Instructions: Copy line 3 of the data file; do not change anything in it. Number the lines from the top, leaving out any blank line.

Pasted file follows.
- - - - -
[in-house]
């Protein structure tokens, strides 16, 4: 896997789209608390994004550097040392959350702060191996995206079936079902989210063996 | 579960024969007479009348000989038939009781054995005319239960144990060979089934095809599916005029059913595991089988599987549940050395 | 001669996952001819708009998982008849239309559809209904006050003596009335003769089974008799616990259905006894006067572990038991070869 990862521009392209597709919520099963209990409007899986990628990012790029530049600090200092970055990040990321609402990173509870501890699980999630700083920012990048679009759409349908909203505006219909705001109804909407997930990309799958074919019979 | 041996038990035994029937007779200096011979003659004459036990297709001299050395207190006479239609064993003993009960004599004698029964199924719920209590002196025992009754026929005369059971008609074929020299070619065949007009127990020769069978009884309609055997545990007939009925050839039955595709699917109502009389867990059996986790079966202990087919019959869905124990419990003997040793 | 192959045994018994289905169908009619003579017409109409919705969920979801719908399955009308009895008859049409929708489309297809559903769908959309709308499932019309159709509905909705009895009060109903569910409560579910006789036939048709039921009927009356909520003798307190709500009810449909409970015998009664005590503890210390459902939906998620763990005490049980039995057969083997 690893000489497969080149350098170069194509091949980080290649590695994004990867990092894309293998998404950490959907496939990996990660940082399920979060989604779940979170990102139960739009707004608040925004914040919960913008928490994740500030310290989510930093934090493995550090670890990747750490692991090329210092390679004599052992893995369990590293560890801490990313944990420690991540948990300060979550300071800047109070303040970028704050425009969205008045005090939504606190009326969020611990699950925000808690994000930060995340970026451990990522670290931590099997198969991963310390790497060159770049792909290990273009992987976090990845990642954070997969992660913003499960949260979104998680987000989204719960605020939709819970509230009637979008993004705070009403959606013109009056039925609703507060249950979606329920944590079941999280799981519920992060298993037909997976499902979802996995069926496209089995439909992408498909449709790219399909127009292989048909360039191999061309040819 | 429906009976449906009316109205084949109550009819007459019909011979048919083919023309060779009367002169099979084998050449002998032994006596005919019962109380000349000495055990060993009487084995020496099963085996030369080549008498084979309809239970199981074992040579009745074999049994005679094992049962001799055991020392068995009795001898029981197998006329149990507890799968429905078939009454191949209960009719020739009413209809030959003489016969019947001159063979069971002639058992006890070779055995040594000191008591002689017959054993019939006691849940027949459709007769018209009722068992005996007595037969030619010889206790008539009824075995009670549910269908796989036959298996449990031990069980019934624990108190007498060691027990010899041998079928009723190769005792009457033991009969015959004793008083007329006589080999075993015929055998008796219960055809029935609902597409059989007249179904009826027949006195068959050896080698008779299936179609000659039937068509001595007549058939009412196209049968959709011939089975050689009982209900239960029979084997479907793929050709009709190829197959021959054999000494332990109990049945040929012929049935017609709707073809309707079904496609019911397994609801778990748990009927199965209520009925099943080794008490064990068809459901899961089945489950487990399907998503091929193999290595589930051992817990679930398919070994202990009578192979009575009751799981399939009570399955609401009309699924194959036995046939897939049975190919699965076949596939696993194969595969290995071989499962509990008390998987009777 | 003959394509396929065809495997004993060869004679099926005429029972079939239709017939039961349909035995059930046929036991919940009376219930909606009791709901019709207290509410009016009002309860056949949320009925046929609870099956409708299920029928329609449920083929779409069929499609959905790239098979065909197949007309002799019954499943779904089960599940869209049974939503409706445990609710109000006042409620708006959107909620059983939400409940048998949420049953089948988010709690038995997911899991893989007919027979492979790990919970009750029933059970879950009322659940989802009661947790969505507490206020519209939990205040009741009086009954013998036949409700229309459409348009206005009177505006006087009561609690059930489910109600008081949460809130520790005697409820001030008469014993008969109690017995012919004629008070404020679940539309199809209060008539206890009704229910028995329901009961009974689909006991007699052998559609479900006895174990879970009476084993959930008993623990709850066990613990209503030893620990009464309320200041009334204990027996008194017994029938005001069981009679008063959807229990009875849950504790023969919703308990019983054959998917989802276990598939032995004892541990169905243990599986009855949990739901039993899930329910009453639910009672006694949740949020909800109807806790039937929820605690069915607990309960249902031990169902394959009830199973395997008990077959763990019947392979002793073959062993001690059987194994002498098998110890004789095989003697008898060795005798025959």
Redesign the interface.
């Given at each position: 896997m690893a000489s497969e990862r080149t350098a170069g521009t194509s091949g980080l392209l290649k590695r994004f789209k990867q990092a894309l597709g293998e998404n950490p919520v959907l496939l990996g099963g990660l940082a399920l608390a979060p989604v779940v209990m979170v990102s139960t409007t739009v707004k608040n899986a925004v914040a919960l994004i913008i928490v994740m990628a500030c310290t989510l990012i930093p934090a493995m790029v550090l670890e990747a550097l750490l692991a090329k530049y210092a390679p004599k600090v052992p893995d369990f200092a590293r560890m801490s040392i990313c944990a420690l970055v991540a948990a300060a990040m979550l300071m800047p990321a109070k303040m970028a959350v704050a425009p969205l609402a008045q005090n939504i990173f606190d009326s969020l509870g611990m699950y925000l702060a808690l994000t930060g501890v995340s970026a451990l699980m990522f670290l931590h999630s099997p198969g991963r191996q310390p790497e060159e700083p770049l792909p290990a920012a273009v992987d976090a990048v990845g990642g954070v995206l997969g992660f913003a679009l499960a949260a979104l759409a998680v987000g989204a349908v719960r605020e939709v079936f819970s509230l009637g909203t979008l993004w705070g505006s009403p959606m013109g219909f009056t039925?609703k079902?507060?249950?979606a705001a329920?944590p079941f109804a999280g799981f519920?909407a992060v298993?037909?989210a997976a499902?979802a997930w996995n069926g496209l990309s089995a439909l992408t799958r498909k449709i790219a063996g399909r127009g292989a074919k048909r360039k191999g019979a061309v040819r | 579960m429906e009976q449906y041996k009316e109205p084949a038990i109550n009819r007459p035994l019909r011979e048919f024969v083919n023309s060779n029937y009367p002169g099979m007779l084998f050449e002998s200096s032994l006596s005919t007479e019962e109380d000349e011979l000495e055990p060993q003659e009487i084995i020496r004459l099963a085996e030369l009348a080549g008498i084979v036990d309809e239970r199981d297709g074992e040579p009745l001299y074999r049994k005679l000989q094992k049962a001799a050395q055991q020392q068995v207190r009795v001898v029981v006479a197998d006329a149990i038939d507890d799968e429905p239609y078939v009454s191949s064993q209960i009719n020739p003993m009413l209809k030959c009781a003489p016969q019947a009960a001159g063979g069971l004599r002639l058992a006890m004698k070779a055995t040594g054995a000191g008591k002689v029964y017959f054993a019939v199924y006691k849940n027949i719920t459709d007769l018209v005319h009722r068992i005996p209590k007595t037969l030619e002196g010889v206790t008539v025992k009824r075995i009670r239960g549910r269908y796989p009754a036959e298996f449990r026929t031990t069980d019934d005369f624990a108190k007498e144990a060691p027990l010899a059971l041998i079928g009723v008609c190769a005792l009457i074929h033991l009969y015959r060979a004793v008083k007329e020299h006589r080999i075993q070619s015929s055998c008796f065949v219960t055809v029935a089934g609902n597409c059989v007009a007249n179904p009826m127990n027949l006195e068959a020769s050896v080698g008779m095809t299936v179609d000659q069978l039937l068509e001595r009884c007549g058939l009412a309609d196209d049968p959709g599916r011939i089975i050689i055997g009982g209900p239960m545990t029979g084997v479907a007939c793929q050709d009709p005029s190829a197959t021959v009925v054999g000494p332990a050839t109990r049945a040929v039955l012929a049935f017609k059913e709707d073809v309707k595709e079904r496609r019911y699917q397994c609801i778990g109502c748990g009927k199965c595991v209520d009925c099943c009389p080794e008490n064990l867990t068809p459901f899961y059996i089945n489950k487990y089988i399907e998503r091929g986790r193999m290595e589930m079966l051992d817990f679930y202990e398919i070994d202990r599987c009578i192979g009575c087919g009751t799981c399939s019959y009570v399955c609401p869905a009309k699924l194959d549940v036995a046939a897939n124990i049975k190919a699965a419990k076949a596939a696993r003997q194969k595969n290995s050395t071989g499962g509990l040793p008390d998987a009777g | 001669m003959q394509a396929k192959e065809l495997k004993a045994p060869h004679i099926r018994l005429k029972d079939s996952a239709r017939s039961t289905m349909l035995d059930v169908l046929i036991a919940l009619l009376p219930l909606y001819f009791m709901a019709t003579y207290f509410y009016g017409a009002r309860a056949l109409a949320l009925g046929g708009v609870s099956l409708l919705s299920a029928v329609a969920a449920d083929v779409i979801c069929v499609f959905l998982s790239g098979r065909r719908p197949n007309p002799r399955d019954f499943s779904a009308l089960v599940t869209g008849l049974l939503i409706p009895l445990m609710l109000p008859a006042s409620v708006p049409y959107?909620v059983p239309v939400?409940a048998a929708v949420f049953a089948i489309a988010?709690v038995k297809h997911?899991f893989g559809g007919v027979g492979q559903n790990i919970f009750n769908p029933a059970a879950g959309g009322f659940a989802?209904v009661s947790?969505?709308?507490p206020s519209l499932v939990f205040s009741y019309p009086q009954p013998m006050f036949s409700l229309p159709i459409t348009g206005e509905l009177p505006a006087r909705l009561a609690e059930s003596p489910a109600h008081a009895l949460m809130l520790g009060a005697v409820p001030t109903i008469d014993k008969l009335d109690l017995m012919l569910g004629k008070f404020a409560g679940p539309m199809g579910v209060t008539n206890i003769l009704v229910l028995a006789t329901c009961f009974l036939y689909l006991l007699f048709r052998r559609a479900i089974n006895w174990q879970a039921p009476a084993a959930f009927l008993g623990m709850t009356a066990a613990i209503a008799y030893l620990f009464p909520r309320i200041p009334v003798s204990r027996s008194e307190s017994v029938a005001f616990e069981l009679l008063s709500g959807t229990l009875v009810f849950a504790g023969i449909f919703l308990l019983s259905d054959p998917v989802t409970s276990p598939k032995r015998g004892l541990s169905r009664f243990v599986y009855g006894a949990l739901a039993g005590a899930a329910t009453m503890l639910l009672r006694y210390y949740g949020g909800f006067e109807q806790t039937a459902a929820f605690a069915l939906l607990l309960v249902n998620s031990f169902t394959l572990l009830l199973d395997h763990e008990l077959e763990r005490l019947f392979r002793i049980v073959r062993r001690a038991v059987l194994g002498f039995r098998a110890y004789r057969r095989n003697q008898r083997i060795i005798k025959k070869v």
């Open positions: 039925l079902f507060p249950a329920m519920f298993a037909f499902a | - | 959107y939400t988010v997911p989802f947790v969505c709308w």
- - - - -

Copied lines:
Redesign the interface.